by Tom Gaylord
Writing as B.B. Pelletier

Benjamin Marauder Semiauto
Benjamin’s new Semiauto Marauder repeating PCP.

Part 1
Part 2
Part 3
Part 4

This report covers:

  • Important announcement
  • Back with the Benjamin SAM
  • Pulled the baffles
  • Loading single shot
  • The test
  • Crosman Premiers
  • JSB Exact Jumbo RS
  • Air Arms 16-grain domes
  • Discussion
  • UTG scope was a huge benefit!
  • Summary

Important announcement

Pyramyd Air will be redoing the website and the blog design next week. The anticipated cutover date is Wednesday evening, 1/27/21. Therefore my last blog posting before the new site goes live next Thursday will be this Friday, 1/22/21. There is a possibility that the blog will also be dark on Thursday, 1/28/21.

Nobody likes missing the blog for several days, but I will use the time to get several things done that take a lot of time. Please bear with us as we make this transition. I will remind you of this tomorrow and Friday, too. Now on to today’s report.

Back with the Benjamin SAM

Okay, we’re back at it with the Benjamin Semiautomatic Marauder again today! Today will be a quicky but also an important-y. Brilliant reader, Kevin, reminded me of how I could bypass the SAM magazine by loading singly and see what the rifle was really doing. Reader GunFun1 said his SAM was shooting way better than what I showed you in Part 4. So β€” today is the day we find out for sure!

Pulled the baffles

Reader RidgeRunner advised me to pull all the baffles first, to verify that none of them was being hit by a pellet. I pulled all seven of them and the large holes through each one are clearly not being touched by pellets. We can rule out the baffles as a problem that causes inaccuracy. That leaves either the barrel or the magazine. Given that this is a semiauto, I suspect the magazine. Loading each pellet singly will make the determination.

Loading single shot

Because of the narrow SAM receiver slot that’s cut for the magazine, loading pellets single shot is not straightforward. At least it wasn’t for me. I tried needle-nosed pliers with a long thin nose, but what worked best was a hemostat β€” long thin clamping pliers used by surgeons. I didn’t clamp them. I only held onto each pellet loosely until the bolt pushed the pellet into the rifle’s chamber.

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The test

I tried to repeat the first accuracy test from 25 yards exactly. The rifle was rested directly on a sandbag at 25 yards and the pellets were loaded singly. I positioned a light to shine on the breech so I could see to load the pellets. Care was taken not to damage them in any way. I did not adjust the scope for this test, but I will have more to say about the scope in a bit.

Crosman Premiers

In the first test that is covered in Part 4 I sighted-in with Crosman Premiers and also shot the smallest group of 10 with them. It measured 0.454-inches between centers.

Loading singly this time 10 Crosman Premiers went into 0.349-inches between centers at 25 yards. That’s enough better than the first test to be significant. The point of impact shifted over to the right but remained just as high as it was in the last test.

SAM single Premier group
When loaded singly the SAM put 10 Crosman Premier pellets into 0.349-inches at 25 yards.

JSB Exact Jumbo RS

Next up were ten JSB Exact Jumbo RS pellets. In the first test the SAM put ten of them into 0.521-inches at 25 yards.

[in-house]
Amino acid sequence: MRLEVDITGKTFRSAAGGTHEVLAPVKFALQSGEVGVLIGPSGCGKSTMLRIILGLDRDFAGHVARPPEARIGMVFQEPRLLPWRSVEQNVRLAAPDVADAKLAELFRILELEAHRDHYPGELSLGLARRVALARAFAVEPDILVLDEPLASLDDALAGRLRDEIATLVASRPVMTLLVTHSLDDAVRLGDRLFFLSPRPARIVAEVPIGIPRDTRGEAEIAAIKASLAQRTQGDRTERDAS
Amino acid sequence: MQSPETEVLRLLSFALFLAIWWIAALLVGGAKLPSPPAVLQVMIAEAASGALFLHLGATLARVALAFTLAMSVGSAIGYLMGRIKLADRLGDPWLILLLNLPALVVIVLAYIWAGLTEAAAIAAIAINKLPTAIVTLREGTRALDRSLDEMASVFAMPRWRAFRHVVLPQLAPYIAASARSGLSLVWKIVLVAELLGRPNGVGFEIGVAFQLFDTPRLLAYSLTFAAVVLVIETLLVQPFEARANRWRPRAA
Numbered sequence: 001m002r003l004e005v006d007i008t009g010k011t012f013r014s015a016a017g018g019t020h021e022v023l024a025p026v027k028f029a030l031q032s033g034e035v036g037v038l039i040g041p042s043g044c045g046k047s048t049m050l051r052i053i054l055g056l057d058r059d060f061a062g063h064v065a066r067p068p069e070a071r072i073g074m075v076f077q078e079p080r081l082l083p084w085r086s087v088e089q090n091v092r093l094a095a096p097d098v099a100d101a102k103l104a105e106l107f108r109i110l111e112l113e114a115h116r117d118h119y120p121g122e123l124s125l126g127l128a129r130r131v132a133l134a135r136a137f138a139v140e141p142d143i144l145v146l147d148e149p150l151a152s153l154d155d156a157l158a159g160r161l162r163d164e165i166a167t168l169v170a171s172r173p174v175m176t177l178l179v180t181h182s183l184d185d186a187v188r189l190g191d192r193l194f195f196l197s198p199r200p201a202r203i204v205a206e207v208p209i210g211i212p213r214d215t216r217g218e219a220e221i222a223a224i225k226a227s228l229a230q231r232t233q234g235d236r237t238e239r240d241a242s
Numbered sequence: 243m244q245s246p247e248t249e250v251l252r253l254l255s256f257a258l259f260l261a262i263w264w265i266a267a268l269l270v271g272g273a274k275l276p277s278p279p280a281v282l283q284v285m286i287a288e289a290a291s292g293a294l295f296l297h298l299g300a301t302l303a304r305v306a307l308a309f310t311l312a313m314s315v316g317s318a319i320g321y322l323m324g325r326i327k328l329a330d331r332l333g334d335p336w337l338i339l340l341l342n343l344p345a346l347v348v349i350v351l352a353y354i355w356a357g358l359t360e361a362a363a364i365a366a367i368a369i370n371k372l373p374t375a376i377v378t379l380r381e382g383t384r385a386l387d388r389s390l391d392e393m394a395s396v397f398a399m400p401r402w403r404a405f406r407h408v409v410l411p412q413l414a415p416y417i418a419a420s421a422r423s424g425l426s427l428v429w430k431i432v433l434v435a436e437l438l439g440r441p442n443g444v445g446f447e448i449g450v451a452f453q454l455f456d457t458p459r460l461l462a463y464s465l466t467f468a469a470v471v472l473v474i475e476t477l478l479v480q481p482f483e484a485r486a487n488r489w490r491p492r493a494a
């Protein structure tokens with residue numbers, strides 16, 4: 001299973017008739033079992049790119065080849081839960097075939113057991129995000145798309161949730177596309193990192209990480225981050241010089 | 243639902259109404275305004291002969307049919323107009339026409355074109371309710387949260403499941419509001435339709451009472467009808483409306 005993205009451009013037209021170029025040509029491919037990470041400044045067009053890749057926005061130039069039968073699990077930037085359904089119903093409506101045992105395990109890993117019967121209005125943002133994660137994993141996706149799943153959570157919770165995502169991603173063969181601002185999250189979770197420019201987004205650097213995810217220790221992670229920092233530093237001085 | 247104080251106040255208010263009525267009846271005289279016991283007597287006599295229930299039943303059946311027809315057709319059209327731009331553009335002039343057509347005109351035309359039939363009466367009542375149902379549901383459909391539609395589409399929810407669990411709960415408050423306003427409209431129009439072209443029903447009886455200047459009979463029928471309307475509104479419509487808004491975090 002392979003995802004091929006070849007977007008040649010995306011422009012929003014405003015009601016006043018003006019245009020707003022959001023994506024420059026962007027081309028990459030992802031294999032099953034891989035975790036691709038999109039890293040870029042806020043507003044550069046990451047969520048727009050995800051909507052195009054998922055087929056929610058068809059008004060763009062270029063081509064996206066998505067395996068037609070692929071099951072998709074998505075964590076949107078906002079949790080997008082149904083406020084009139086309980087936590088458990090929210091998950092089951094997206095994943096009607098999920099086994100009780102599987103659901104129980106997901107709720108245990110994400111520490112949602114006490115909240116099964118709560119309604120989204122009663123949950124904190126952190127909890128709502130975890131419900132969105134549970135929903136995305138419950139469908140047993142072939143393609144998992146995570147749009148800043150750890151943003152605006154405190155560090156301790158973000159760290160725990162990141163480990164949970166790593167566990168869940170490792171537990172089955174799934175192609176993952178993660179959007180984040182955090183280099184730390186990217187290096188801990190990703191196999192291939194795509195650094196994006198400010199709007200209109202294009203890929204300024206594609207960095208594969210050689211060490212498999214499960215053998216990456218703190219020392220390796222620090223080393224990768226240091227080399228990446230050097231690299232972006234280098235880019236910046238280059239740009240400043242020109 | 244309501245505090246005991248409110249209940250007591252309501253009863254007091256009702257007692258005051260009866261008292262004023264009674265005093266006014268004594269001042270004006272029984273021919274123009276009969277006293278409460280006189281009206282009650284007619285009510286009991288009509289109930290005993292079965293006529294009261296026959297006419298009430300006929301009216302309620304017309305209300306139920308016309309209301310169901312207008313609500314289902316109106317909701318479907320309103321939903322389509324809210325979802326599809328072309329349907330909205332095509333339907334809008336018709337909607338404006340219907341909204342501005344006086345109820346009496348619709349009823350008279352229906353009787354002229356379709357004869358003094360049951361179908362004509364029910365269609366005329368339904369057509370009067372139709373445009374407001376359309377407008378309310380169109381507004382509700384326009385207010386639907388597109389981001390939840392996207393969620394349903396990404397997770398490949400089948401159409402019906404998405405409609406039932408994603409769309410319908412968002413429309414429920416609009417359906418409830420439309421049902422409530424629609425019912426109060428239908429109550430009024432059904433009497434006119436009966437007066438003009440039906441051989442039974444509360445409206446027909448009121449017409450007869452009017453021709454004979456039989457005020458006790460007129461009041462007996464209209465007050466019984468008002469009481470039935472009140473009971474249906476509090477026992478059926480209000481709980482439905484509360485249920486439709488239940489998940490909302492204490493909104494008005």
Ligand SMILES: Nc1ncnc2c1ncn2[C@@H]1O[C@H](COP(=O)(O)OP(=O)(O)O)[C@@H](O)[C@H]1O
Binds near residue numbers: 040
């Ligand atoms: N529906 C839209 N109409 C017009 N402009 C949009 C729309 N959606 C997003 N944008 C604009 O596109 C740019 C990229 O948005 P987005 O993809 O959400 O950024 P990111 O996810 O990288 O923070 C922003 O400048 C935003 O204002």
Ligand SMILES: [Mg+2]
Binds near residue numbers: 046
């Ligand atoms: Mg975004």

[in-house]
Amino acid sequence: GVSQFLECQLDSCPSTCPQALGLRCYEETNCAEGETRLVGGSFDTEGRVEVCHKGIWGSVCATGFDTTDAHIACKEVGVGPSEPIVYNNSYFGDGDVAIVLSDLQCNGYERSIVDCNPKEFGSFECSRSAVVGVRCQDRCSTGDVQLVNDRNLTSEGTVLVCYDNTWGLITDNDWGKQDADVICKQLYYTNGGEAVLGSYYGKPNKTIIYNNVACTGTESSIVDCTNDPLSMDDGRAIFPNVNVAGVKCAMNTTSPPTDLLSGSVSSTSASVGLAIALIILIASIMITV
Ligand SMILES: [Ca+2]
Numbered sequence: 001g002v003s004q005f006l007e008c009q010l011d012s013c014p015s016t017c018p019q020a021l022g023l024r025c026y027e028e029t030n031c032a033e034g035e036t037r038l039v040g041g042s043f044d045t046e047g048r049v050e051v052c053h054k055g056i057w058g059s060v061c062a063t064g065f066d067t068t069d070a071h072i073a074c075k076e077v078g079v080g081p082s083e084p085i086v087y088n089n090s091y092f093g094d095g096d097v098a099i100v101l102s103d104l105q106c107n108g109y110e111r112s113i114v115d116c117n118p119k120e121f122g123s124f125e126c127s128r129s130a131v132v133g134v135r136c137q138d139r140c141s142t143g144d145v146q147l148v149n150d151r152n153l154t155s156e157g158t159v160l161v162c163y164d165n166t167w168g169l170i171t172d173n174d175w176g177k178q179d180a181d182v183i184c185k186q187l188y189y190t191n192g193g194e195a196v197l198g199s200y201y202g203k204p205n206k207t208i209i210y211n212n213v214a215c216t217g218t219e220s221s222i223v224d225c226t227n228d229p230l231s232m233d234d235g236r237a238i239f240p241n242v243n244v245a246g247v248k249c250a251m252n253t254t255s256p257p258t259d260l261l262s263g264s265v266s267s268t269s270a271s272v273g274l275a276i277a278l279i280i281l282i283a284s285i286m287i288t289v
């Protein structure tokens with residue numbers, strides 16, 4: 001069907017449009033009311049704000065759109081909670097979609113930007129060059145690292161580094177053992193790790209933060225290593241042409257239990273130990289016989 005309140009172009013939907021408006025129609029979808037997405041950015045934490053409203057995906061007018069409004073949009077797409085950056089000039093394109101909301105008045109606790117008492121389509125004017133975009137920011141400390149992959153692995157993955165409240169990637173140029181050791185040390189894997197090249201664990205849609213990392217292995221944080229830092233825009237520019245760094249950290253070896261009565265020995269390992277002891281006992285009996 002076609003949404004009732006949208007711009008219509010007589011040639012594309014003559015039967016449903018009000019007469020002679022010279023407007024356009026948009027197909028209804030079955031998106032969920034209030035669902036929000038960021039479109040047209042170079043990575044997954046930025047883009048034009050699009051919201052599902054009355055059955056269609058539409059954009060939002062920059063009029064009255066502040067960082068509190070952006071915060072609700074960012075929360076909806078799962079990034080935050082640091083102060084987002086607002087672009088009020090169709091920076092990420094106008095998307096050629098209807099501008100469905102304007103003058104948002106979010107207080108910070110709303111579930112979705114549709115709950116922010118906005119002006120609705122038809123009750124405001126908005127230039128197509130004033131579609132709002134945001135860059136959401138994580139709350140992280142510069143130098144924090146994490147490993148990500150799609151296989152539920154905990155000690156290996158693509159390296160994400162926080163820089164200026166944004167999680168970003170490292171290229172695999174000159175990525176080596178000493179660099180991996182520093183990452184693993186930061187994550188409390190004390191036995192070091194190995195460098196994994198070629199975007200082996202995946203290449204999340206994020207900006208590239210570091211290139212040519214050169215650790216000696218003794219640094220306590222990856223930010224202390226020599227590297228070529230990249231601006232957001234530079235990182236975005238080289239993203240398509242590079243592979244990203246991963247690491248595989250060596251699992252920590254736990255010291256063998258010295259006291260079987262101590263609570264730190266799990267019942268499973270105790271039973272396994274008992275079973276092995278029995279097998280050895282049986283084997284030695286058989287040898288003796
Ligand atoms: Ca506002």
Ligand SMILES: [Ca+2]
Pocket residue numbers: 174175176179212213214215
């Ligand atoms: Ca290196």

In today’s test by loading singly the SAM put ten JSB RS pellets into 0.431-inches at 25 yards. That’s quite a bit better than the last test. As before, the point of impact also shifted to the right just a little.

SAM single RS group
Ten JSB Exact Jumbo RS pellets went into this “Mickey Mouse” group at 25 yards. It measures 0.431-inches between centers.

Air Arms 16-grain domes

The final pellet I tested is the one I was most interested in. In Part 4 the Air Arms 16-grain dome scattered all over the paper at 25 yards. The 10-shot group measured 1.159-inches. Would loading singly help this pellet?

Well, it did help! This time ten of the singly-loaded Air Arms domes went into 0.46-inches at 25 yards. It is the largest group of today’s test, but it’s almost the same size as the smallest group in Part 4 when the magazine was used! I find that fascinating!

SAM single Air Arms group
When loaded into the SAM one at a time, ten of the Air Arms 16-grain domes went into a group measuring 0.46-inches between centers at 25 yards.

Discussion

It should be clear to everyone that the SAM magazine is the reason the first accuracy test didn’t do so well. This is not my air rifle so I can’t modify the magazine the way reader GunFun1 told us about, but if I could I would. The SAM feeds reliably enough, though when I load it singly there is a slight problem. Longer, fatter pellets do not seat into the breech deeply enough to clear the air transfer port in the breech. That’s why I didn’t shoot a test group of Beeman Kodiaks. I shot four and had trouble getting them past the air transfer port unless I let the bolt slam on them. That seemed to open the group, so I stopped the test.

I will also point out that today the SAM is not very picky about the pellets it likes. That means we can rule out the barrel as a potential problem.

UTG scope was a huge benefit!

I told you that I mounted the UTG 4-14X44 SWAT scope on the SAM for Part 4. Well, that illuminated etched-glass reticle is worth the price of the scope! It made seeing the crosshairs so easy against the black bullseye!

Summary

This SAM is very accurate and today’s test proves it. The magazine may need a period of prolonged break-in. Or GunFun1’s modifications might do the trick.

I will shoot the SAM at 50 yards. Because of what we have seen today I will also load singly for that test. If I owned the rifle I would modify the magazine, but I will be sending it back and the mag has to remain as it came to me.